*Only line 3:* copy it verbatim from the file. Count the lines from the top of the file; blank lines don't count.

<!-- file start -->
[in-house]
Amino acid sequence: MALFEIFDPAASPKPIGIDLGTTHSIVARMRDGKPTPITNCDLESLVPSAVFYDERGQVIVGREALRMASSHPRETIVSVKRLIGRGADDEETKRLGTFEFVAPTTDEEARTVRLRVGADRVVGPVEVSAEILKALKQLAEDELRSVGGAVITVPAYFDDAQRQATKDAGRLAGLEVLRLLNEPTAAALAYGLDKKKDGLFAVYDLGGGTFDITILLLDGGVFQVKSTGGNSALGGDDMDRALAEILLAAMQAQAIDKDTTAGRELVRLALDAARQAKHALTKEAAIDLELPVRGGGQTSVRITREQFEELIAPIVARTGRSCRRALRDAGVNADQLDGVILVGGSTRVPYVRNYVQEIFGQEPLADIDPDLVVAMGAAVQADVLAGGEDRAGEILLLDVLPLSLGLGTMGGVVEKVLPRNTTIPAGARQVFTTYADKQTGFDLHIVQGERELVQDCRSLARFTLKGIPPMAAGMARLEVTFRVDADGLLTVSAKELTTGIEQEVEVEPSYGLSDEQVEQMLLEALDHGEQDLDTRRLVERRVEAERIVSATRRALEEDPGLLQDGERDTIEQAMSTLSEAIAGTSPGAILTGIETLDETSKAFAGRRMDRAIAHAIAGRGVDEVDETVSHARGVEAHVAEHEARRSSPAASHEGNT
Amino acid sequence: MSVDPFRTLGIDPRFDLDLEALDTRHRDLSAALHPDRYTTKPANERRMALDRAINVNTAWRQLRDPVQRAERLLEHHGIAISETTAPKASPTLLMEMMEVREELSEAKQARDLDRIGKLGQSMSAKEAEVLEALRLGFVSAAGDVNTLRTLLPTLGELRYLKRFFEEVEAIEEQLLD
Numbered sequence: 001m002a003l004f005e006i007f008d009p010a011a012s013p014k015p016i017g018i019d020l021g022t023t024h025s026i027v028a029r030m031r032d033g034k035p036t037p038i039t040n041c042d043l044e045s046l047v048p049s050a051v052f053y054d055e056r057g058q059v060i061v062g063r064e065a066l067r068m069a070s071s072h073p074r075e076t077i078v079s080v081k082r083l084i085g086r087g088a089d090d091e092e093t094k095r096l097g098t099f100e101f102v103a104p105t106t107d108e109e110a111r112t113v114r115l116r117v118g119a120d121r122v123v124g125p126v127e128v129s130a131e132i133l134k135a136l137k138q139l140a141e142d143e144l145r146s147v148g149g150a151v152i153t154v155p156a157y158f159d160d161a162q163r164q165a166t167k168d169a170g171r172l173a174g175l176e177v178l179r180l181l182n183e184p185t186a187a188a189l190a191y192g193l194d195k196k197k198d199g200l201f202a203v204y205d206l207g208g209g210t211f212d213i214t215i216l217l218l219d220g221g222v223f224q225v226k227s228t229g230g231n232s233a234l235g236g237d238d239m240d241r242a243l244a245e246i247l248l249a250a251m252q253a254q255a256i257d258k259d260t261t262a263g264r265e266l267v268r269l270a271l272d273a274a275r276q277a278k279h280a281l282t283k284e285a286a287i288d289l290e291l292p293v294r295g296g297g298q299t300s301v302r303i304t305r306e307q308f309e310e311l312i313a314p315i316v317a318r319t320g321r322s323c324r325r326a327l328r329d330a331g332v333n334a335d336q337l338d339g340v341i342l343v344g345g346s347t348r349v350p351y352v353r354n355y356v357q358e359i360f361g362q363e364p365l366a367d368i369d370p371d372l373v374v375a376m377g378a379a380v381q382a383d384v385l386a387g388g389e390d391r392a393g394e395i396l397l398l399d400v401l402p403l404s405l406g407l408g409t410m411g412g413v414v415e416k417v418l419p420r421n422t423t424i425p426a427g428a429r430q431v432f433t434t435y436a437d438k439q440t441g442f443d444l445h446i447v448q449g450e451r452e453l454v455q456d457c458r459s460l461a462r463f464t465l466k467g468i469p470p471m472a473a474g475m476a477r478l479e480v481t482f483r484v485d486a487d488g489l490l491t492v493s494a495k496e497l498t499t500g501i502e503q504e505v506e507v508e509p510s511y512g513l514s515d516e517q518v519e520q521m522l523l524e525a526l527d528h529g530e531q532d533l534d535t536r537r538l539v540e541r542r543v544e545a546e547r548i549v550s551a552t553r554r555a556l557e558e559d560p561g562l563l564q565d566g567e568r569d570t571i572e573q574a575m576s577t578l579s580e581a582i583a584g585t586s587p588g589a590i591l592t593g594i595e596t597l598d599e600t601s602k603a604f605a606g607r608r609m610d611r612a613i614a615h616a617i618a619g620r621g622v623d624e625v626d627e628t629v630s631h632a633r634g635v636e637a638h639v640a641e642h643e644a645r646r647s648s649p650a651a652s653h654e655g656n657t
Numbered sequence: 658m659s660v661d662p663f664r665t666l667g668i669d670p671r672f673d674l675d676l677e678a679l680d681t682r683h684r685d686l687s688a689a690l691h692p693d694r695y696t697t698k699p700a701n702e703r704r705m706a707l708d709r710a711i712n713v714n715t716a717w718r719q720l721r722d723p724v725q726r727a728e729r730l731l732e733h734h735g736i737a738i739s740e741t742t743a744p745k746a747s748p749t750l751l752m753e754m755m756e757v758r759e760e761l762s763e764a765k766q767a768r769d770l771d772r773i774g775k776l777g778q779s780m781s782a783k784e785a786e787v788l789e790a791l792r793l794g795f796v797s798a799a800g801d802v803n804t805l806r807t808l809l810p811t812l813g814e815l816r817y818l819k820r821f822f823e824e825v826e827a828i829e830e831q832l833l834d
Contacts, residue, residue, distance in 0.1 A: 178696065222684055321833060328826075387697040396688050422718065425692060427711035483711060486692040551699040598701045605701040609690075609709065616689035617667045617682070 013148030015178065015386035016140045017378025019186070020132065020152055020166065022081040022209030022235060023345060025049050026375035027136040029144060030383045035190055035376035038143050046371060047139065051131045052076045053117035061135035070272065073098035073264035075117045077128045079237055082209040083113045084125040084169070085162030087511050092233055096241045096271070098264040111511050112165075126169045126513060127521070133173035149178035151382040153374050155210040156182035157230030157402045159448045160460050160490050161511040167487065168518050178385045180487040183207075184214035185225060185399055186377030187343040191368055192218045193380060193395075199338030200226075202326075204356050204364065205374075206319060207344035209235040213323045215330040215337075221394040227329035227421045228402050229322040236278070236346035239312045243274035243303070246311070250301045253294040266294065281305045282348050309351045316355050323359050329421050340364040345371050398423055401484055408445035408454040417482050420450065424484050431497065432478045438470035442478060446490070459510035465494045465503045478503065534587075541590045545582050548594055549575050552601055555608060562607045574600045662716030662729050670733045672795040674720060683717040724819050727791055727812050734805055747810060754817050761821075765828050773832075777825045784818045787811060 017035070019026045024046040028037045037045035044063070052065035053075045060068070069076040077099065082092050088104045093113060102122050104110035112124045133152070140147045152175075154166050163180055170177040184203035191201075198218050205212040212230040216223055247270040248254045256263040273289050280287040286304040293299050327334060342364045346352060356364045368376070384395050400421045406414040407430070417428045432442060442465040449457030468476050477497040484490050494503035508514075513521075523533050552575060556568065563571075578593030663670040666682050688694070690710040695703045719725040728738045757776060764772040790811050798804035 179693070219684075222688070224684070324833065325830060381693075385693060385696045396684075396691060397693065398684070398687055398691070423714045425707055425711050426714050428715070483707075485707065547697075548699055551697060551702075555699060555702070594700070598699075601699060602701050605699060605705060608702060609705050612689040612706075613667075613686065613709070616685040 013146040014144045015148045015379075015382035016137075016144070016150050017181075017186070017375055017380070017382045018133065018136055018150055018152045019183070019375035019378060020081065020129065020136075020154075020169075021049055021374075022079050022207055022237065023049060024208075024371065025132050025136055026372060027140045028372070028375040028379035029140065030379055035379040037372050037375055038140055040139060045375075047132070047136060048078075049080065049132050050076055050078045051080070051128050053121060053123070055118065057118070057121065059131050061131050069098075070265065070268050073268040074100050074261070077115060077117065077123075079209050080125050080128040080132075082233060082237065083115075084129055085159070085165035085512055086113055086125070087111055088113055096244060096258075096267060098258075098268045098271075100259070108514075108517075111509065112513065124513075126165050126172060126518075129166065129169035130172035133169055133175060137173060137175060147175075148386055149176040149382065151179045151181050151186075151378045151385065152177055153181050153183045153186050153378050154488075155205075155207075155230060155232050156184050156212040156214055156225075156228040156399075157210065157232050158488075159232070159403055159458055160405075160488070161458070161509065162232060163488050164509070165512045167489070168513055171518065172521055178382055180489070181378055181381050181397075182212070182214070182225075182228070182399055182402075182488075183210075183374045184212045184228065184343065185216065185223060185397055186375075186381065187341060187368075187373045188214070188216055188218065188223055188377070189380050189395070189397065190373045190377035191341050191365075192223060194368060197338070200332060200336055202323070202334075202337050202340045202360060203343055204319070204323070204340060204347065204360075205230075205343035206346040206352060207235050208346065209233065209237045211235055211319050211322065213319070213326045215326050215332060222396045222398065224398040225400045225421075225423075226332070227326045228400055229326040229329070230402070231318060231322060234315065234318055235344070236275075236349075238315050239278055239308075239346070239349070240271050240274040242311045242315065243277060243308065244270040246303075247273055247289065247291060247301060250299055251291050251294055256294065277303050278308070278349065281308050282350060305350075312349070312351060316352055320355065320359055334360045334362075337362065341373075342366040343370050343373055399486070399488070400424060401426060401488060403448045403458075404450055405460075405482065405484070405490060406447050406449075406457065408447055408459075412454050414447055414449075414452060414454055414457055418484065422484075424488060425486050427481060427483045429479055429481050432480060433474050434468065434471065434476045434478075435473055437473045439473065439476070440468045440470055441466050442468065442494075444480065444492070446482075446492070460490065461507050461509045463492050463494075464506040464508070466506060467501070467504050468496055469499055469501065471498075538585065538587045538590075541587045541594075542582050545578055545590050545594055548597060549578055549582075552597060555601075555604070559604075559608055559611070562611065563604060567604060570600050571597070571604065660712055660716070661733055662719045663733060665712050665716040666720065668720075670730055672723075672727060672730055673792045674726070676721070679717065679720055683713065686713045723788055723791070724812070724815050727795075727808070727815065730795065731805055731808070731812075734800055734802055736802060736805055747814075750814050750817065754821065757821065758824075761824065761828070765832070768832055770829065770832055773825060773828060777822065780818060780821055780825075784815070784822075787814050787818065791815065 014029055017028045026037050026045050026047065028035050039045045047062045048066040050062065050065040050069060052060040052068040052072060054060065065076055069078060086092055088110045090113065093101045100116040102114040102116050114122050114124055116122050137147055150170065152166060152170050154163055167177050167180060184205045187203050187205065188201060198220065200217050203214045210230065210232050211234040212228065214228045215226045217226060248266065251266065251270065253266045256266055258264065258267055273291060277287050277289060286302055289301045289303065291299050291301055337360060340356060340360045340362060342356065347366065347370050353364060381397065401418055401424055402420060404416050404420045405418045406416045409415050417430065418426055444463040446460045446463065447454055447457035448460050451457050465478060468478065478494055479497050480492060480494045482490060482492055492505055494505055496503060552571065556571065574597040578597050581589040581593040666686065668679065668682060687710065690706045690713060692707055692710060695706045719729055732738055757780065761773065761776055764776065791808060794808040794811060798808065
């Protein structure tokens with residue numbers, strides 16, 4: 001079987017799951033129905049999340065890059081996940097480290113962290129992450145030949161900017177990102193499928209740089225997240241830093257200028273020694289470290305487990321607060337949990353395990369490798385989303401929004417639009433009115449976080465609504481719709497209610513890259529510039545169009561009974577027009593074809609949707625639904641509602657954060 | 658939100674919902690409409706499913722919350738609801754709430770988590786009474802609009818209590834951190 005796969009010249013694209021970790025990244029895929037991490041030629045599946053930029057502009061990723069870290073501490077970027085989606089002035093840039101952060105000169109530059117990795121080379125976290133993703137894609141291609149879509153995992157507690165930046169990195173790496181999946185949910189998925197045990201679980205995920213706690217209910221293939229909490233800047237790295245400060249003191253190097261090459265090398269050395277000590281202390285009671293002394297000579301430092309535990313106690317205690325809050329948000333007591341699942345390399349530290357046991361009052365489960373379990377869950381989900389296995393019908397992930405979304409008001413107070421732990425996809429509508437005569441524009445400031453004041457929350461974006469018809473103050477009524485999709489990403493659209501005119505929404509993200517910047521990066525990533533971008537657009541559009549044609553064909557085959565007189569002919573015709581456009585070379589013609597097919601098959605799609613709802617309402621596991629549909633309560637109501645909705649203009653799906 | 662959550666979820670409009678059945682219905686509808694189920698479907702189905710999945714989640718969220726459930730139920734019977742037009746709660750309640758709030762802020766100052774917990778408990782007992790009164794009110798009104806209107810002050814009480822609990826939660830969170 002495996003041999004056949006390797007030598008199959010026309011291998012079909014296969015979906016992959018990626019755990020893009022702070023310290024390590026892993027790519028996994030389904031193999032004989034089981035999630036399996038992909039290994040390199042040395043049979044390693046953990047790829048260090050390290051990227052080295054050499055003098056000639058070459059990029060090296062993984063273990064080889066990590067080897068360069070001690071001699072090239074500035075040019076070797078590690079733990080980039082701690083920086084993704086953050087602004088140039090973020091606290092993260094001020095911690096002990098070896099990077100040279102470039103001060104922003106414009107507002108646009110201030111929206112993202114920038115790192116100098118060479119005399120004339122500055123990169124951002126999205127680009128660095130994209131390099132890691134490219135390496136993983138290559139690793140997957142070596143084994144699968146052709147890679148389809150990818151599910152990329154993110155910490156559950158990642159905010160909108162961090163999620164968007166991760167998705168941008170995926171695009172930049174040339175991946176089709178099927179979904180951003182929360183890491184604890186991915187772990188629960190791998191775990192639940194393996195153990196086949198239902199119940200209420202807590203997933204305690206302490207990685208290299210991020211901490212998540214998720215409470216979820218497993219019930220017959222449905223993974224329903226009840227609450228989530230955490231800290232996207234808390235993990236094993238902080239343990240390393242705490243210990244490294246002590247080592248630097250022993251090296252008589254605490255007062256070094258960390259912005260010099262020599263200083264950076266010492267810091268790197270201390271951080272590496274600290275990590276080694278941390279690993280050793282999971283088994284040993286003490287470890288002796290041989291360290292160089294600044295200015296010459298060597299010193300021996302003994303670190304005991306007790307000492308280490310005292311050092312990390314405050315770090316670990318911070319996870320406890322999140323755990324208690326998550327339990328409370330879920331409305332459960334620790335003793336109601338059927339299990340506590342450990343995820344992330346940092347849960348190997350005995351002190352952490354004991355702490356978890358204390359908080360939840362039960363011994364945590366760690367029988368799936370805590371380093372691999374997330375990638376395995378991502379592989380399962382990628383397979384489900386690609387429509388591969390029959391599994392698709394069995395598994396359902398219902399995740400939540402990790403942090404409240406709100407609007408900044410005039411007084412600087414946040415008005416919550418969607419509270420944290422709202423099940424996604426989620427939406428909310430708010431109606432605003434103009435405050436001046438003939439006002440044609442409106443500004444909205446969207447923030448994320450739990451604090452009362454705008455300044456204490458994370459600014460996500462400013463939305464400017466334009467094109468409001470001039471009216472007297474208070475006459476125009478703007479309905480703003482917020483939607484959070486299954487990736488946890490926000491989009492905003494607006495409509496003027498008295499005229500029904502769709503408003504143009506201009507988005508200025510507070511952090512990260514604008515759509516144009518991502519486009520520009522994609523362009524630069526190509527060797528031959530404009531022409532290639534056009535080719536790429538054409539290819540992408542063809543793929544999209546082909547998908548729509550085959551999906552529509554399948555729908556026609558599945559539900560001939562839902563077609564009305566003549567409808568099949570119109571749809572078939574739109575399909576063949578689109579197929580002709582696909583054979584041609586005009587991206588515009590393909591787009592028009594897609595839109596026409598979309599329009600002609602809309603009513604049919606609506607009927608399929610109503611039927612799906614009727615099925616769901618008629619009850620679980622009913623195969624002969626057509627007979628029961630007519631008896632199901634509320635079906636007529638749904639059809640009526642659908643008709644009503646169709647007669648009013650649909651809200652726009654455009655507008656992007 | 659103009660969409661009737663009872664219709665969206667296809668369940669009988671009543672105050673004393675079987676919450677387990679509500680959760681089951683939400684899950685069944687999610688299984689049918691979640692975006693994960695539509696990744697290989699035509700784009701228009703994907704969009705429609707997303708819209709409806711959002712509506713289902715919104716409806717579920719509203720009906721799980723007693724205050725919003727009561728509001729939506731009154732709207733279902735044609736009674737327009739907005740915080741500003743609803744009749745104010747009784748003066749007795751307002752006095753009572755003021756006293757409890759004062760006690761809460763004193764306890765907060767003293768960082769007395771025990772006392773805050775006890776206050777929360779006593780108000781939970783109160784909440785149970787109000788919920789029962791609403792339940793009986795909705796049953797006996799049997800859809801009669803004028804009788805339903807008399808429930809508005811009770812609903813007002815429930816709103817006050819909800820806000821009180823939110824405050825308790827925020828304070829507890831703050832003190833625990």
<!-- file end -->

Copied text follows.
Amino acid sequence: MSVDPFRTLGIDPRFDLDLEALDTRHRDLSAALHPDRYTTKPANERRMALDRAINVNTAWRQLRDPVQRAERLLEHHGIAISETTAPKASPTLLMEMMEVREELSEAKQARDLDRIGKLGQSMSAKEAEVLEALRLGFVSAAGDVNTLRTLLPTLGELRYLKRFFEEVEAIEEQLLD